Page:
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I have a project with many calculations involving a lot of real world units :

  • Distance;
  • Temperature;
  • Flow rate;
  • ...

This project involves complicated and numerous calculation formulas.

That's why I supposed the use of custom types like Temperature, Distance... can be good for code readability. For example:

Temperature x = -55.3;
Meter y = 3;


var x = new Temperature(-55.3);

I tried to make a Temperature class that uses a double internal value.

public class Temperature
    double _Value = double.NaN;

    public Temperature() { }

    public Temperature(double v) {
        _Value = v;

    public static implicit operator Temperature(double v) {
        return new Temperature(v);

But class are nullable. This mean that something like :

Temperature myTemp;

is "correct" and will be null. I dont want this. I dont want to use structs because they are too limited :

  • They cannot use parameterless constructor nor instance field intializers like double _Value = double.Nan; to define a default value (I wand default underlying double value to be NaN)
  • They cannot inherits from classes, they only can implement Interfaces

Them I wonder whether there is a way to tell C#:

Temperature myTemp = 23K; // C# does not implement anything to make K unit...

but I know C# does not handle no custom units.

Temperature myTemp = new Kelvin(23); // This might work

So I imagine I could create two Celsius and Kelvin classes that inherits from Temperature, and then I started to wonder if the idea really worth it, because it involves a lot of coding and testing.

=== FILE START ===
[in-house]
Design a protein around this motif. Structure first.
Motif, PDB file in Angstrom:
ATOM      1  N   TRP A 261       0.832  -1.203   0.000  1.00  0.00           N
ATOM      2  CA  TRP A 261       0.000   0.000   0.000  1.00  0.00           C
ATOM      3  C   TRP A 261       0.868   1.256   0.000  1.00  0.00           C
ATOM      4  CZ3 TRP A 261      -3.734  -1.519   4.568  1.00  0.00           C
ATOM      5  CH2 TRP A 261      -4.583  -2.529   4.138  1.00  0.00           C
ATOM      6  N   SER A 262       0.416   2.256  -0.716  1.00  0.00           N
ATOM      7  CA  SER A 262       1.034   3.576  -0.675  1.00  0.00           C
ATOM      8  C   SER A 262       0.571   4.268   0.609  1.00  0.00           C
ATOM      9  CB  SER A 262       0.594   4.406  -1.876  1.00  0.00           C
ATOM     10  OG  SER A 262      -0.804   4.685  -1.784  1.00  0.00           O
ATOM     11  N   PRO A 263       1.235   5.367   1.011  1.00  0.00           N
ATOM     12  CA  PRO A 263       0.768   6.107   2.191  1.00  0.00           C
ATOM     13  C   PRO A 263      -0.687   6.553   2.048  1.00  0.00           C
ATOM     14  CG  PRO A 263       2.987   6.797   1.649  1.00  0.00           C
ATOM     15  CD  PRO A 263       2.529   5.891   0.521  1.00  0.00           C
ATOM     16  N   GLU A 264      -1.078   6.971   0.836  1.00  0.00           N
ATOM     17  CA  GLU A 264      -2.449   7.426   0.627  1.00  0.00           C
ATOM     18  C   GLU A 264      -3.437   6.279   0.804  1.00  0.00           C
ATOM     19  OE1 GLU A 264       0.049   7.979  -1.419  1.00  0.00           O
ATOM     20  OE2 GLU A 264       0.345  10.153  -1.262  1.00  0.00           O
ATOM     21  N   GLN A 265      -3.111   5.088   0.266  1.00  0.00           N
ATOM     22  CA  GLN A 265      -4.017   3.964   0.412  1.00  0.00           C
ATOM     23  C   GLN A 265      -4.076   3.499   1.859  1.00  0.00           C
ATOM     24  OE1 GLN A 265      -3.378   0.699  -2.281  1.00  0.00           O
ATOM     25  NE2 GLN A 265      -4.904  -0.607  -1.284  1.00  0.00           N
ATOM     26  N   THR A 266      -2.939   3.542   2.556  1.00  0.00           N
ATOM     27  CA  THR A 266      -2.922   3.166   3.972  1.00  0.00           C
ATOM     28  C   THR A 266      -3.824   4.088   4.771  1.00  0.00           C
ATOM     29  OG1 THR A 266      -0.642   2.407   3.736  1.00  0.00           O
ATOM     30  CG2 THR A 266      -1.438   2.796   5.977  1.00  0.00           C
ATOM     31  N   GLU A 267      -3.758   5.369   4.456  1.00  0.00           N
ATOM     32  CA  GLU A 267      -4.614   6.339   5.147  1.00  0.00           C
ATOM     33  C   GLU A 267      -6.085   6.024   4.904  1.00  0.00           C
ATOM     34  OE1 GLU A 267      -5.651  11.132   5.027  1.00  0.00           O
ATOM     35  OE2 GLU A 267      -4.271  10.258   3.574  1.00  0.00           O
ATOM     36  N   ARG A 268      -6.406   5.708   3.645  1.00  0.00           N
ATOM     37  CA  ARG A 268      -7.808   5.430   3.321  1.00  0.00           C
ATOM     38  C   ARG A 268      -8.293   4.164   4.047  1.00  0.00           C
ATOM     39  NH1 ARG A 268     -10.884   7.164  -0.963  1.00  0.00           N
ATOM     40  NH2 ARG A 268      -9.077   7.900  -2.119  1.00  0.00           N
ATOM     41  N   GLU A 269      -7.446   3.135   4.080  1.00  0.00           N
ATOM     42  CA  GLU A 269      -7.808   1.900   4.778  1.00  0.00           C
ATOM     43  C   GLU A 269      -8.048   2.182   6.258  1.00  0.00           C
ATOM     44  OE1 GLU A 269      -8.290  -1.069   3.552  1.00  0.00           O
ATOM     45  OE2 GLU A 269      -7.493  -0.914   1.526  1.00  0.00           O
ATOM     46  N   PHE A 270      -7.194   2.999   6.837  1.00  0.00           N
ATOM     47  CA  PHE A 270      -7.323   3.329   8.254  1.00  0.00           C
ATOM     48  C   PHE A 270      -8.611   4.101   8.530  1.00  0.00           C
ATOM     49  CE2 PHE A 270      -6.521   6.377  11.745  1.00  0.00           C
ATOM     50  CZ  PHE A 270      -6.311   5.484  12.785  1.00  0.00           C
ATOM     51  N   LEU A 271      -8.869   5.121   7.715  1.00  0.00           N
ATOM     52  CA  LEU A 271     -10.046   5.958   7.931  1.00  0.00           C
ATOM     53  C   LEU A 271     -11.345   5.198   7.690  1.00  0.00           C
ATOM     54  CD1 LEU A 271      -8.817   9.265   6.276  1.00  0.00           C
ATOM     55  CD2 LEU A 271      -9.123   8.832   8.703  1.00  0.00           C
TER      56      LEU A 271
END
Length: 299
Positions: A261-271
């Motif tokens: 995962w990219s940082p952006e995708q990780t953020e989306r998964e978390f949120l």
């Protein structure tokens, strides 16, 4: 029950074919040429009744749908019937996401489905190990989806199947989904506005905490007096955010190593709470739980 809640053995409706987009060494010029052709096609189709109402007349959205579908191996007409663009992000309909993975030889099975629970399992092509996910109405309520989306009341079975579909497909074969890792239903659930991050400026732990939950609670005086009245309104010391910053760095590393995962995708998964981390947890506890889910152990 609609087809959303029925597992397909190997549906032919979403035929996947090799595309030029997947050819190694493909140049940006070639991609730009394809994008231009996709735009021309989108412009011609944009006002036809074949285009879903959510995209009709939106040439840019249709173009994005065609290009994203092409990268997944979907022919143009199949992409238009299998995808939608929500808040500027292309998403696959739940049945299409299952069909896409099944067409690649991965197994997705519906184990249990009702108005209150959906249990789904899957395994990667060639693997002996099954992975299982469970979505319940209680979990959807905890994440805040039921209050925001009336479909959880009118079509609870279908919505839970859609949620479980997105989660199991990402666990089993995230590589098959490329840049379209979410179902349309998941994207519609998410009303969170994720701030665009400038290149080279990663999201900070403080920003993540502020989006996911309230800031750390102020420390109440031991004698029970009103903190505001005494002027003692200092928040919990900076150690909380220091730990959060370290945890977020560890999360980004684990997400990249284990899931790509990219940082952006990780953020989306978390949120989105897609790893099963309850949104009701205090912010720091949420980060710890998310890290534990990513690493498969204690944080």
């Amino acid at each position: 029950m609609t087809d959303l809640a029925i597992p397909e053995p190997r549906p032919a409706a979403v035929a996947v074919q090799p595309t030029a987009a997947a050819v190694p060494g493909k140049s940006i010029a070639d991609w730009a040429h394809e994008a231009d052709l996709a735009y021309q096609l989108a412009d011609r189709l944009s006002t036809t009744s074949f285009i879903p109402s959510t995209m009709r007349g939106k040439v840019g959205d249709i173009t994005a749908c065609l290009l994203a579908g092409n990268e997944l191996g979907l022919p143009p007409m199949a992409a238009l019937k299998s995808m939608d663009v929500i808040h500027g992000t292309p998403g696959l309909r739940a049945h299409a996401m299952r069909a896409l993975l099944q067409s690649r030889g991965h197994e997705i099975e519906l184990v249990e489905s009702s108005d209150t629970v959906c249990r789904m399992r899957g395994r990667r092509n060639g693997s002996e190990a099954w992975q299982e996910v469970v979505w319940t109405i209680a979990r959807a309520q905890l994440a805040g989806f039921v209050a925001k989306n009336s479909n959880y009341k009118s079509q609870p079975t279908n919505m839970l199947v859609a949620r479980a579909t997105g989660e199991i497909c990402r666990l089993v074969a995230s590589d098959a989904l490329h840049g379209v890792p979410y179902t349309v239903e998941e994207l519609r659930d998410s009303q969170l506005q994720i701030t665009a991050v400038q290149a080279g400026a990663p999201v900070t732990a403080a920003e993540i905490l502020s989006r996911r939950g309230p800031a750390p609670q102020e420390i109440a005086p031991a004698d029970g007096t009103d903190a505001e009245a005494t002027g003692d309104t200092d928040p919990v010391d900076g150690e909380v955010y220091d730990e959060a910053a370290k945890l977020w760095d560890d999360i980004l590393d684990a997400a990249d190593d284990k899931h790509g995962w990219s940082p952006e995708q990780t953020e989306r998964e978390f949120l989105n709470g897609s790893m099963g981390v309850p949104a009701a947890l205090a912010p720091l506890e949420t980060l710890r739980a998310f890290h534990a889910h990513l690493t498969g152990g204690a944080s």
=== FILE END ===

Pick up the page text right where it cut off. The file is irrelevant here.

That's the discussion I would like to start :

Would the use of real world units in my code instead of .NET types would be a good thing or not ? Did anyone this already ? What are the pitfalls and the best practices ? Or should I better keep stay away from this and use standard .NET types ?

share|improve this question
Sidenote: F# supports units natively – CodesInChaos Oct 22 '10 at 10:28
Why do you think structs are limited? I think structs are exactly what I'll use here. Your classes will carry one numeric, immutable value only - ideal use case for structs. – NOtherDev Oct 22 '10 at 10:29
Interresting! Unfortunately I cannot afford to use F# in my project. But I definitely note this for the future – Larry Oct 22 '10 at 10:30
* What do you mean "structs force me to override each operator"? What is the limitation specifically? I can't see anything about that in the reference. * Why your Temperature may need to derive from anything? – NOtherDev Oct 22 '10 at 10:34
For what you're using this for, structs would really be a good idea. You're really creating basic data types. Note that e.g. TimeSpan and DateTime are also structs! Also, I would probably not create types like Kelvin and Fahrenheit, but rather just a temperature type in e.g. Kelvin and have conversions (GetCelcius) from that, just how DateTime does this. – Pieter van Ginkel Oct 22 '10 at 10:34

6 Answers 6

up vote 1 down vote accepted

One way to achieve this would be to use composition of the basic object (Temperature in your case) with a TemperatureTraits class that specializes the basic object. By analogy to C++, the String equivalent class basic_string is actually a class template (generic in C# terms) that has template parameters not only for the string element (char, wide char) but also a traits class that elaborates on how the class behaves for a given type of string element (e.g. char_traits).

In your case, you might define a generic like

public class MeasurableWithUnits<class M MEASURABLE, class U UNITS>

and then implementation would depend not only on the measurable class but also on the units class. How useful this would be in practice would depend on how much of such an object could be made truly generic - what operations are common across combinations of Measurable and Units?